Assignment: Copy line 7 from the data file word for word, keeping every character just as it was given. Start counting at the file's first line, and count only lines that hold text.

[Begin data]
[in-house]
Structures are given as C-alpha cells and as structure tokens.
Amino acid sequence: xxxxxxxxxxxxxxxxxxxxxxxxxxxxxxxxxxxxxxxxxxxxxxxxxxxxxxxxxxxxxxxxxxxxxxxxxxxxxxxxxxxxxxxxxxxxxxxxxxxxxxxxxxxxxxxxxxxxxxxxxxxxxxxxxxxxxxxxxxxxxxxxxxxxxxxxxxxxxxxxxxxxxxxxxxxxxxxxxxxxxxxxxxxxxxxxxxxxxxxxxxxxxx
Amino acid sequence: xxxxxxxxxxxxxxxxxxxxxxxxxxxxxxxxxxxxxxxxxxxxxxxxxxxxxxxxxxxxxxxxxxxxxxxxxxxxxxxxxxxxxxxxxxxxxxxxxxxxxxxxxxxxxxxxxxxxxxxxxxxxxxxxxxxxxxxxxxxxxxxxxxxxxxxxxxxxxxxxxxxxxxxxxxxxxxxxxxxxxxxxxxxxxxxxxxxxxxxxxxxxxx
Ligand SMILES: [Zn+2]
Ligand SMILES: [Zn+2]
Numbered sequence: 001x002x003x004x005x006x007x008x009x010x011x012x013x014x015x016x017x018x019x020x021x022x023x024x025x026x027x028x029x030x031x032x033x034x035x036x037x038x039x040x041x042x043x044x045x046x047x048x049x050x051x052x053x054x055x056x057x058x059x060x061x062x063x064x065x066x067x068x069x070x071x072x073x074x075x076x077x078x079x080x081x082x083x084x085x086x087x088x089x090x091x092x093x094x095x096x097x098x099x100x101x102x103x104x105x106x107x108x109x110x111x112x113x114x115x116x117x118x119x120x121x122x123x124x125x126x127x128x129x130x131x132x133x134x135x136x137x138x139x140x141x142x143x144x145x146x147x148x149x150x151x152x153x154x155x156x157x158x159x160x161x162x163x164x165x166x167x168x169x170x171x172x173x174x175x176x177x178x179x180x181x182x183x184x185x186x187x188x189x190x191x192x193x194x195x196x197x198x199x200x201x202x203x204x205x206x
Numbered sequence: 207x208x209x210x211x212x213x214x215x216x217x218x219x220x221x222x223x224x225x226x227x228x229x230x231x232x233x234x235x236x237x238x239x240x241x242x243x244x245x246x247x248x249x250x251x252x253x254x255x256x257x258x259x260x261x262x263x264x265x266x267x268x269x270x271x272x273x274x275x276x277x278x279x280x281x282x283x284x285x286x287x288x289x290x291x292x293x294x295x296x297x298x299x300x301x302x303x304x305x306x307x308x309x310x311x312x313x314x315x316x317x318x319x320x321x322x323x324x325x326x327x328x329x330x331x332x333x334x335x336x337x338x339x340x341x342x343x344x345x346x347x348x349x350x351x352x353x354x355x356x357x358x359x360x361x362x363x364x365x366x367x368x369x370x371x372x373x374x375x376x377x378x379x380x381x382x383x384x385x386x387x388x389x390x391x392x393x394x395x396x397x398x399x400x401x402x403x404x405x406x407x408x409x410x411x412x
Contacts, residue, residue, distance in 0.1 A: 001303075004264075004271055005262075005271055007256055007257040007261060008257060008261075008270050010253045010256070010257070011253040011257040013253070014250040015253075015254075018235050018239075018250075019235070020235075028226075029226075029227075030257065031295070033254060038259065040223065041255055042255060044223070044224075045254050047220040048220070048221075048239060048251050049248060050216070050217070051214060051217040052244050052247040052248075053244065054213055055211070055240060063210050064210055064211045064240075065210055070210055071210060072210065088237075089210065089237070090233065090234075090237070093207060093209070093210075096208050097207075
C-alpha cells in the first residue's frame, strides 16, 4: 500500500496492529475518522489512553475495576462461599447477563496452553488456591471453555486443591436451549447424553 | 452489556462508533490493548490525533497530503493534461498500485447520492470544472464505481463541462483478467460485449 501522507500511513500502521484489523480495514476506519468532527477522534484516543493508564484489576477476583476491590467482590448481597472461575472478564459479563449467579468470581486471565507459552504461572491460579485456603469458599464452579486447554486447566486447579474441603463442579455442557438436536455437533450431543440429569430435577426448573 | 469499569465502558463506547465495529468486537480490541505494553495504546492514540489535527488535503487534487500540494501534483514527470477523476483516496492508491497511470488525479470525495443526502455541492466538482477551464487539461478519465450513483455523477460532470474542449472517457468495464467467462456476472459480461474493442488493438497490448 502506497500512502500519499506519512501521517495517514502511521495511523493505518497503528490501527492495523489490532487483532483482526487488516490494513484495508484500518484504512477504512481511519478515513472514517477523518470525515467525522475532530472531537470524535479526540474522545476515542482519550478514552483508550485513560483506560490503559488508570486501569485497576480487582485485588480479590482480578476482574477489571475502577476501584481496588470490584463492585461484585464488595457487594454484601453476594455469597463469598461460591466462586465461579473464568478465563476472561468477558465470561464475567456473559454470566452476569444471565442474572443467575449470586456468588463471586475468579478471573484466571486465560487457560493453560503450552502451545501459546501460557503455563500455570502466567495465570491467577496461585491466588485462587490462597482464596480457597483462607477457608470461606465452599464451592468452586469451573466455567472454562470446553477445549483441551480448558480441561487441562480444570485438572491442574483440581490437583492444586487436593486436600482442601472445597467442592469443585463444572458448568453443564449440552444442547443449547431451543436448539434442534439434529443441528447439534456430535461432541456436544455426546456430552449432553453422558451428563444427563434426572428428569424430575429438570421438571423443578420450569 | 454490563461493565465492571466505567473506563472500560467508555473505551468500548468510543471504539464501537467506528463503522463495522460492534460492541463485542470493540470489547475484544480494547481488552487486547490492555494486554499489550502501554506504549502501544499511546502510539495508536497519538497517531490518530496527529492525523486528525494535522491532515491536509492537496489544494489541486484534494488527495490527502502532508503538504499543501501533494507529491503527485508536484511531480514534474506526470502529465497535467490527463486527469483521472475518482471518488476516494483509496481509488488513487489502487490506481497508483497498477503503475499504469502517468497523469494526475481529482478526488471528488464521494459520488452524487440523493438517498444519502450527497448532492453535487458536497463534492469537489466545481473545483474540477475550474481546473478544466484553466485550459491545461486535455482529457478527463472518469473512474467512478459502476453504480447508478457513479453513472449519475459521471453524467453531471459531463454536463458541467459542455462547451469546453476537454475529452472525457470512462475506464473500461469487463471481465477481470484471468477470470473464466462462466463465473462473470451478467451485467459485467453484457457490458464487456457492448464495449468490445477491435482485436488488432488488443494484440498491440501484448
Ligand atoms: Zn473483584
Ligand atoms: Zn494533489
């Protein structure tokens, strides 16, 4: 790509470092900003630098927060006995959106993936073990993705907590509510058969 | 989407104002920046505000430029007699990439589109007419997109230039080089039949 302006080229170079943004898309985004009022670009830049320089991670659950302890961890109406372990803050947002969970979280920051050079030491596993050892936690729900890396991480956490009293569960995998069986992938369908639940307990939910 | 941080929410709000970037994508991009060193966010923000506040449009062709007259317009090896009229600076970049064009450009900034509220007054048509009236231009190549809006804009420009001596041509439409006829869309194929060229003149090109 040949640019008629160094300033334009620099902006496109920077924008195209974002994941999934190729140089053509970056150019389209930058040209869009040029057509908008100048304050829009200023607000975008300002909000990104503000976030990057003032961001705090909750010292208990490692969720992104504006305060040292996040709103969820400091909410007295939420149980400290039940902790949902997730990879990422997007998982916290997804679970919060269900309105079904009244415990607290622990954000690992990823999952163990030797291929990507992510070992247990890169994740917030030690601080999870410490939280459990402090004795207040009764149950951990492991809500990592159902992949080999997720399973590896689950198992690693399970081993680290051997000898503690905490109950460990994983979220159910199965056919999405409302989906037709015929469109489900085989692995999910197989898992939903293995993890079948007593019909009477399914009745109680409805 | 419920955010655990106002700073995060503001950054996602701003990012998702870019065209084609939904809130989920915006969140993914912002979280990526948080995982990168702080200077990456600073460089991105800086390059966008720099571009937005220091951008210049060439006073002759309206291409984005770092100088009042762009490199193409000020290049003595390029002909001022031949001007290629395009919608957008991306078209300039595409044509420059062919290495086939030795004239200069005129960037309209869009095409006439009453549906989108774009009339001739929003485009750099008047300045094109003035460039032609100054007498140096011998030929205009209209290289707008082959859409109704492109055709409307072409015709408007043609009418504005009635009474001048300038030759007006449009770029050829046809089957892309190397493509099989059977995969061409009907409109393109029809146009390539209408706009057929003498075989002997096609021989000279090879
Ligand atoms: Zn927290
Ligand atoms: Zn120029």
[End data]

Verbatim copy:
Numbered sequence: 001x002x003x004x005x006x007x008x009x010x011x012x013x014x015x016x017x018x019x020x021x022x023x024x025x026x027x028x029x030x031x032x033x034x035x036x037x038x039x040x041x042x043x044x045x046x047x048x049x050x051x052x053x054x055x056x057x058x059x060x061x062x063x064x065x066x067x068x069x070x071x072x073x074x075x076x077x078x079x080x081x082x083x084x085x086x087x088x089x090x091x092x093x094x095x096x097x098x099x100x101x102x103x104x105x106x107x108x109x110x111x112x113x114x115x116x117x118x119x120x121x122x123x124x125x126x127x128x129x130x131x132x133x134x135x136x137x138x139x140x141x142x143x144x145x146x147x148x149x150x151x152x153x154x155x156x157x158x159x160x161x162x163x164x165x166x167x168x169x170x171x172x173x174x175x176x177x178x179x180x181x182x183x184x185x186x187x188x189x190x191x192x193x194x195x196x197x198x199x200x201x202x203x204x205x206x